Ageism in the Workplace is on the Rise
Updated: Jul 3, 2019
Age discrimination in the workplace has become increasingly more common as baby boomers in the workforce grow older. A 2013 survey by AARP found that two-thirds of workers between the ages of 45 and 74 said they have seen or experienced ageism, and an overwhelming 92 percent considered it common.
Although employers are generally not allowed to hire, fire or decide on employee compensation based on age, it can be difficult to tell if a company’s actions are based on discrimination or the belief that someone else is better suited to the job at hand. Fortunately, there are federal and state laws that protect employees from ageism at work and procedures to help victims assert their rights.
Federal Laws Provide Protection
The Age Discrimination in Employment Act (ADEA) was established in 1967 to protect individuals 40 years of age or older from employment discrimination based on age. The ADEA applies to employers with 20 or more employees, including federal, state and local governments as well as employment agencies and labor unions. The Older Workers Benefit Protection Act of 1990 (OWBPA) amended the ADEA to specifically prohibit employers from denying benefits to older workers.
Under the ADEA, it is unlawful to discriminate against a person because of his or her age with respect to any term, condition, or privilege of employment, including hiring, firing, promotion, layoff, compensation, benefits, job assignments, and training. The ADEA's protections apply to both employees and job applicants.
Examples of potentially unlawful age discrimination include:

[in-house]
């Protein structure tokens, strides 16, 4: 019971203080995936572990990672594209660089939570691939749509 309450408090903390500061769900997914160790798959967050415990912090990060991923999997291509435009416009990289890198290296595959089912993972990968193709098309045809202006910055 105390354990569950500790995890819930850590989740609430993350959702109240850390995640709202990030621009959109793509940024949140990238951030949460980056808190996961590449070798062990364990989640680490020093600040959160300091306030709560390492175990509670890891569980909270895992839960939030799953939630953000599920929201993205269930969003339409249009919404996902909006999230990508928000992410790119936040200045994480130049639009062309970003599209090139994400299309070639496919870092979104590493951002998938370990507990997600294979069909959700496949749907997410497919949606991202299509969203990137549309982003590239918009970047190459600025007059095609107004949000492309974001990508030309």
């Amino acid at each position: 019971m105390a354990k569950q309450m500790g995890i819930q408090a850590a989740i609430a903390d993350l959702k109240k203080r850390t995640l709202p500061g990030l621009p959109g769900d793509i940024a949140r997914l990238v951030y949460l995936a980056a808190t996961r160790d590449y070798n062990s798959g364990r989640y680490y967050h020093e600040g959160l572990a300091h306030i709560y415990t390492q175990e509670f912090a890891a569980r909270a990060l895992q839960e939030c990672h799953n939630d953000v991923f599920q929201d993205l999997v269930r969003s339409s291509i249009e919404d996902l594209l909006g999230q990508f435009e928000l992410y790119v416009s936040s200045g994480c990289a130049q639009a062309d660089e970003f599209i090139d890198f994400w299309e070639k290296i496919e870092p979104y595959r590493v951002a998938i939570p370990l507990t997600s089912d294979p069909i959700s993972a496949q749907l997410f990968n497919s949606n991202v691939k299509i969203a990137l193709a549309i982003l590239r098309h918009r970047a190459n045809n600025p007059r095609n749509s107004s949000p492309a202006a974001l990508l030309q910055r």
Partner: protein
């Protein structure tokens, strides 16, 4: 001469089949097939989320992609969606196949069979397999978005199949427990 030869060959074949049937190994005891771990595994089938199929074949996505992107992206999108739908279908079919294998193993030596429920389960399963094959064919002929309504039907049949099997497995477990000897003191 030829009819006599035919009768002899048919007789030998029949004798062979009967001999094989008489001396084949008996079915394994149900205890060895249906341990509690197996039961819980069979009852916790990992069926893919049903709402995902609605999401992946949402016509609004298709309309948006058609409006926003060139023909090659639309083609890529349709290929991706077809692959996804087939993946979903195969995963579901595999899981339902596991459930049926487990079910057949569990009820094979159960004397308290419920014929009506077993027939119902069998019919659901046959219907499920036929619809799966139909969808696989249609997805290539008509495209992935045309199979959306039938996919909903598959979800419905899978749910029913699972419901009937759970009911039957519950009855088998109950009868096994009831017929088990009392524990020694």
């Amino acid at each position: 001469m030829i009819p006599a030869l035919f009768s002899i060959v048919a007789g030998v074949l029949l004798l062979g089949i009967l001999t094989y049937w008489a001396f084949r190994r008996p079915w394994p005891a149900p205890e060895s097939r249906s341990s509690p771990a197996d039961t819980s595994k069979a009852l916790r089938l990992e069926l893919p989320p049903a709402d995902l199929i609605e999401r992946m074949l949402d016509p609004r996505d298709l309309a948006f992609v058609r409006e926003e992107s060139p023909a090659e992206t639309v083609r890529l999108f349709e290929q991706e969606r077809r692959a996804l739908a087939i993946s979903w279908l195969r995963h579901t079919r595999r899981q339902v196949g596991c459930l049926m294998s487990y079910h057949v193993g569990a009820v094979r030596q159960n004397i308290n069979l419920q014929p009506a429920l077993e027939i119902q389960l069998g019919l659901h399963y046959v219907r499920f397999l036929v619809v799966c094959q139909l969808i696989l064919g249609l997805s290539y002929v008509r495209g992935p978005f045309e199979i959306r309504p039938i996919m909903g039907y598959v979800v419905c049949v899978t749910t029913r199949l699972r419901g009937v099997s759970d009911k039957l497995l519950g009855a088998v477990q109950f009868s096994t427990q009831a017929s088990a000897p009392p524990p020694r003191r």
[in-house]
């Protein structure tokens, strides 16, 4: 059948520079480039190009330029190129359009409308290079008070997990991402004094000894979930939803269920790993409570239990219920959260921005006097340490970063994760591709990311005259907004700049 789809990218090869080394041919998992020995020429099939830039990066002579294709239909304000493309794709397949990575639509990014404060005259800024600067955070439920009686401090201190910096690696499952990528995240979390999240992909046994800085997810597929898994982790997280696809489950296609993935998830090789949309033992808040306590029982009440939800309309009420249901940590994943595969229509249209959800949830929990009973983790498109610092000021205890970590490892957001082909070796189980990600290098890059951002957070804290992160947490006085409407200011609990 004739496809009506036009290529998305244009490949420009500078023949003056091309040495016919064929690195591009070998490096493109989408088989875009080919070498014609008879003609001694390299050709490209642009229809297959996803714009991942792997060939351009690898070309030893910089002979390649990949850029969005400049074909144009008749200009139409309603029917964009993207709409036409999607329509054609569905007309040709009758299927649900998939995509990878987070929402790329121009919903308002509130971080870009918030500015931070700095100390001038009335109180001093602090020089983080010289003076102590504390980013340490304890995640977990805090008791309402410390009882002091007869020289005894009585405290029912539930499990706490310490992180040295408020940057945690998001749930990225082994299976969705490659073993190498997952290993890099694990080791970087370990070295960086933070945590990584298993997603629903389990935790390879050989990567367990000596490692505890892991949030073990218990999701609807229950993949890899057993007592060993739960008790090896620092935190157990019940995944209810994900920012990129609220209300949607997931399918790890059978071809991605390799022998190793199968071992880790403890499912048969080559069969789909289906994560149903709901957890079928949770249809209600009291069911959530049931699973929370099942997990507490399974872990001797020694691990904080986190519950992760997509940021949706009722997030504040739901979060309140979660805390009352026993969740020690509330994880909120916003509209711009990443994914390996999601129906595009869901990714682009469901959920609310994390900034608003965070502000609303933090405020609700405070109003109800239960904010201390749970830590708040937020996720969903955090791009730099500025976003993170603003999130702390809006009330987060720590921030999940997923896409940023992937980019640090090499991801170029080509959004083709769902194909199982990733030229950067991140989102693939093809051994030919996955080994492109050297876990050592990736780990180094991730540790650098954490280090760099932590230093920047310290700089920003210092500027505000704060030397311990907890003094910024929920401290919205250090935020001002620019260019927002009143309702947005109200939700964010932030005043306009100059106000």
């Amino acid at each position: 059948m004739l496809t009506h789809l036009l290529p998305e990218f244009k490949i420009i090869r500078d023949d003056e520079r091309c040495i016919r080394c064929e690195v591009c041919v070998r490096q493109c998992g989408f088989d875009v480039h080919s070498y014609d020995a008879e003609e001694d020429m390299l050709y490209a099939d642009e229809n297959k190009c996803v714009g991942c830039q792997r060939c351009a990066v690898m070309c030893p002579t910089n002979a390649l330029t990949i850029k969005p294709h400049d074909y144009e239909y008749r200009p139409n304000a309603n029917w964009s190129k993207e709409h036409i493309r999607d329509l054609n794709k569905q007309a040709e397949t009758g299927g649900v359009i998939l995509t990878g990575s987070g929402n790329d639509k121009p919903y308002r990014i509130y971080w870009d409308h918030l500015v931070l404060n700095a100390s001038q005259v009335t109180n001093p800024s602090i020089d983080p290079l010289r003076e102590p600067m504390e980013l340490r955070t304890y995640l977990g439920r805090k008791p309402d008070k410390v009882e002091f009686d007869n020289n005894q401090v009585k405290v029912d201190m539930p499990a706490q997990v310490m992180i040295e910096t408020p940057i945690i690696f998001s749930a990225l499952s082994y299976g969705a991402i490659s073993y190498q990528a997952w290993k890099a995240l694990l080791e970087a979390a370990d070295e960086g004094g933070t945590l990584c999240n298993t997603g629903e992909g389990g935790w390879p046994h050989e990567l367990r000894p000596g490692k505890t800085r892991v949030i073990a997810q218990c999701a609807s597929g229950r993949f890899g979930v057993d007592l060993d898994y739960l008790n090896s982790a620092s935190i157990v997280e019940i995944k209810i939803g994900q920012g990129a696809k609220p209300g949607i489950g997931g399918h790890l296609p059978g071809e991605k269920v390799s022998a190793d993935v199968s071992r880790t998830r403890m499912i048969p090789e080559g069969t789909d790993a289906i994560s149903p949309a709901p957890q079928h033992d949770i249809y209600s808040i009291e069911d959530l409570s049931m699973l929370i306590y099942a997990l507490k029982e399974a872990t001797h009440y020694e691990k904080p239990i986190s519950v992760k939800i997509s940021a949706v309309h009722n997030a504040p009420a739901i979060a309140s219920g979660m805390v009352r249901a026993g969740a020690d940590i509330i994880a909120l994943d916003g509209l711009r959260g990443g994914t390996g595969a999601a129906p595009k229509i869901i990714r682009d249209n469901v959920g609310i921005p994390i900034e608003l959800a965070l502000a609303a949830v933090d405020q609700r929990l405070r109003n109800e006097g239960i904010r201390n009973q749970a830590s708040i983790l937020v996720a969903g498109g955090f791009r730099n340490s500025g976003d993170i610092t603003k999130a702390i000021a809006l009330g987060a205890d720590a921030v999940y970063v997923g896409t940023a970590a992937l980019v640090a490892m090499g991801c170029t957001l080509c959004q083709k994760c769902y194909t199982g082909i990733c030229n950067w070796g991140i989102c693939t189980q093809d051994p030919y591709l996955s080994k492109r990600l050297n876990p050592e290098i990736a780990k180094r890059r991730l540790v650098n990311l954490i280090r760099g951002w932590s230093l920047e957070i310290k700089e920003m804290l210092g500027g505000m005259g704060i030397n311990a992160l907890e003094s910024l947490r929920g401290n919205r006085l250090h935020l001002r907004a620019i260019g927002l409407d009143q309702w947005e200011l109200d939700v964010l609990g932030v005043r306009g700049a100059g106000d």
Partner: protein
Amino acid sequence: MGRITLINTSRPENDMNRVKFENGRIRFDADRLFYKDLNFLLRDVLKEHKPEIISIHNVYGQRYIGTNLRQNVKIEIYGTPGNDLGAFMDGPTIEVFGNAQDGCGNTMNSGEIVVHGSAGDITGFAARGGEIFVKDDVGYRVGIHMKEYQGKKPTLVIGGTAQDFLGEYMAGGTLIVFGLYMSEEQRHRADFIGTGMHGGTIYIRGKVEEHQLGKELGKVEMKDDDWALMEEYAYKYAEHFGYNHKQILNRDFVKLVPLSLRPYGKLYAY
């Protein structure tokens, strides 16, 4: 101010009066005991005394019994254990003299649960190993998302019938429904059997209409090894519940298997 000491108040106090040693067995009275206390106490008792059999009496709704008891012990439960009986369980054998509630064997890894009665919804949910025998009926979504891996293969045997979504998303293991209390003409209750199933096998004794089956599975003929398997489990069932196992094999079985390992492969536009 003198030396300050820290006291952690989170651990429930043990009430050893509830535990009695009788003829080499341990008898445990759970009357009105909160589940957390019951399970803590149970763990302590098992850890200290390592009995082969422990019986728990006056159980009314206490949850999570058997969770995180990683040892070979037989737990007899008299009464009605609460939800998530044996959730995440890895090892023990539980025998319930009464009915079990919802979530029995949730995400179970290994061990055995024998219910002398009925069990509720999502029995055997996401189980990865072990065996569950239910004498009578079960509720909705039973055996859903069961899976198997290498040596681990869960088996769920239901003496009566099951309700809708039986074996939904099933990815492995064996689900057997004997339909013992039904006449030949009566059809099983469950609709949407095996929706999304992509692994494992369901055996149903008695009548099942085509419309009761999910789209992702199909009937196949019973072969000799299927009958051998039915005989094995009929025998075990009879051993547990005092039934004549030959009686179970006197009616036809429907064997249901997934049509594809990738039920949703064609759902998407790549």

Not getting hired because the employer wanted someone younger to do the job.
Getting fired because the company wanted to keep younger workers who were paid less.
Being turned down for a promotion that went to someone younger hired from outside the company.
When a company institutes layoffs, most of those let go are older while younger workers with less seniority are kept on.
Age-related remarks are made by an employer during a job review, hiring interview or prior to being fired.
New Jersey’s Law Against Discrimination
Many states also make it illegal to discriminate on the basis of age. The New Jersey Law Against Discrimination (LAD) makes it illegal for an employer to discriminate on the basis of age, race, creed, religion, color, national origin, physical or mental disability, nationality, ancestry, marital status, sexual orientation, sex, gender identity or expression, or liability for military service.
New Jersey’s age discrimination law differs from the ADEA in several significant ways. For example, in New Jersey there is no company employee minimum to file a claim. The state law also protects workers under age 40. Employees 70 and older cannot bring an age discrimination claim for failure to hire, but they may bring an age discrimination claim for other forms of discrimination. In addition, all workers who prevail in age cases may recover compensatory and punitive damages. This is not allowed under federal law.
Discrimination claims can be filed either with the state administrative agency, the New Jersey Division on Civil Rights (DCR); or the federal administrative agency, the Equal Employment Opportunity Commission (EEOC). The two agencies cooperate with each other to process claims. Filing a claim with both agencies is unnecessary as long as you indicate to one of them that you want the claim cross-filed.
If you are age 40 or older have been harmed by a decision affecting your employment, you may have suffered unlawful age discrimination. We handle complex employment law matters in New Jersey and are here to provide counsel on your rights. Please call me with your questions or concerns at 973-509-8500 x213 or email LFarber@LFarberLaw.com.
The contents of this writing are intended for general information purposes only and should not be construed as legal advice or opinion in any specific facts or circumstances.